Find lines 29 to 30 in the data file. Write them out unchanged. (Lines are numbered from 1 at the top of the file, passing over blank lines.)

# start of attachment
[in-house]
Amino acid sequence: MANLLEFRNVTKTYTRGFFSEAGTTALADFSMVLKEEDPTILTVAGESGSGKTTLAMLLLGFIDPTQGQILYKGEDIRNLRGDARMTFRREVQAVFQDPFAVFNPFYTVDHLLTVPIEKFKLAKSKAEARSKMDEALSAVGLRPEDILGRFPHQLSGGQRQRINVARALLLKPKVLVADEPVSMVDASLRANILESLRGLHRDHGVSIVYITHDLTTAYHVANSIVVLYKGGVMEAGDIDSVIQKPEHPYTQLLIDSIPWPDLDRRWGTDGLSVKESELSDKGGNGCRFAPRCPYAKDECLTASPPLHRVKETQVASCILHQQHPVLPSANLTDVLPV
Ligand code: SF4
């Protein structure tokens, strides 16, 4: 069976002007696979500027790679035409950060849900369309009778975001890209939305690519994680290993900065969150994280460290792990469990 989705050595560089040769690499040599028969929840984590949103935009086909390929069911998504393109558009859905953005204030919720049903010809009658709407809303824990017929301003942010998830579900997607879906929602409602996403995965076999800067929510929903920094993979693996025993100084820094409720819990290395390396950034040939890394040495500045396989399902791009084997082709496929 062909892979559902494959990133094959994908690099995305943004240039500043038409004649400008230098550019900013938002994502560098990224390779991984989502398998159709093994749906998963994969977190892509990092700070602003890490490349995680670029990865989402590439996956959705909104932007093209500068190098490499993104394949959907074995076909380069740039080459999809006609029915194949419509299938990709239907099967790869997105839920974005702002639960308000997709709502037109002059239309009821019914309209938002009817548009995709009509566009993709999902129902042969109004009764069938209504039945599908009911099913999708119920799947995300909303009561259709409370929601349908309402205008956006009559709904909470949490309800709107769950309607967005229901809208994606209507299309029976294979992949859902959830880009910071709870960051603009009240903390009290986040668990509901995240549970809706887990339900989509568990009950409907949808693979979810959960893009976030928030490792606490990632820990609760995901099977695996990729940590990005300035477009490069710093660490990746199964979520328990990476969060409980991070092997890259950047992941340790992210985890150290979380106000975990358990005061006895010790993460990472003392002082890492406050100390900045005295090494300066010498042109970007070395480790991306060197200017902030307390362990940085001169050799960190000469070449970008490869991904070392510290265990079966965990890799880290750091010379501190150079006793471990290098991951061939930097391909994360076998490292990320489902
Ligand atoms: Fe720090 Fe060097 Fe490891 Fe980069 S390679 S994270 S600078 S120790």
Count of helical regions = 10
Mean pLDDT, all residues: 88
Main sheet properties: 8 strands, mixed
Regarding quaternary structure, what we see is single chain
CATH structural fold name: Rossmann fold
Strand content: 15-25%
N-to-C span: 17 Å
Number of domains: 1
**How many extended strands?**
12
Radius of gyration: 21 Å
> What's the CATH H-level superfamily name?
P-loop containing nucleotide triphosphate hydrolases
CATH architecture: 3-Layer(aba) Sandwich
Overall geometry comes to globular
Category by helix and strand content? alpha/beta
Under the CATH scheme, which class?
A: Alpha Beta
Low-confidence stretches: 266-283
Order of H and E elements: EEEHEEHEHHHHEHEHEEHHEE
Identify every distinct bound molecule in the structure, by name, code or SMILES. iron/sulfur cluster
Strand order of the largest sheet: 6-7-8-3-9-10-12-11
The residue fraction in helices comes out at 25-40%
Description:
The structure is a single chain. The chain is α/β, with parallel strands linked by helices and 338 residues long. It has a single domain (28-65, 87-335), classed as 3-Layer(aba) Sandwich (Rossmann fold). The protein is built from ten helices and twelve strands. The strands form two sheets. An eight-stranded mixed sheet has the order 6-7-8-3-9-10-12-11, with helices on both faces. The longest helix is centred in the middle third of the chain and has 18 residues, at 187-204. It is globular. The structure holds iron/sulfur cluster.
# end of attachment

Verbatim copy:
Description:
The structure is a single chain. The chain is α/β, with parallel strands linked by helices and 338 residues long. It has a single domain (28-65, 87-335), classed as 3-Layer(aba) Sandwich (Rossmann fold). The protein is built from ten helices and twelve strands. The strands form two sheets. An eight-stranded mixed sheet has the order 6-7-8-3-9-10-12-11, with helices on both faces. The longest helix is centred in the middle third of the chain and has 18 residues, at 187-204. It is globular. The structure holds iron/sulfur cluster.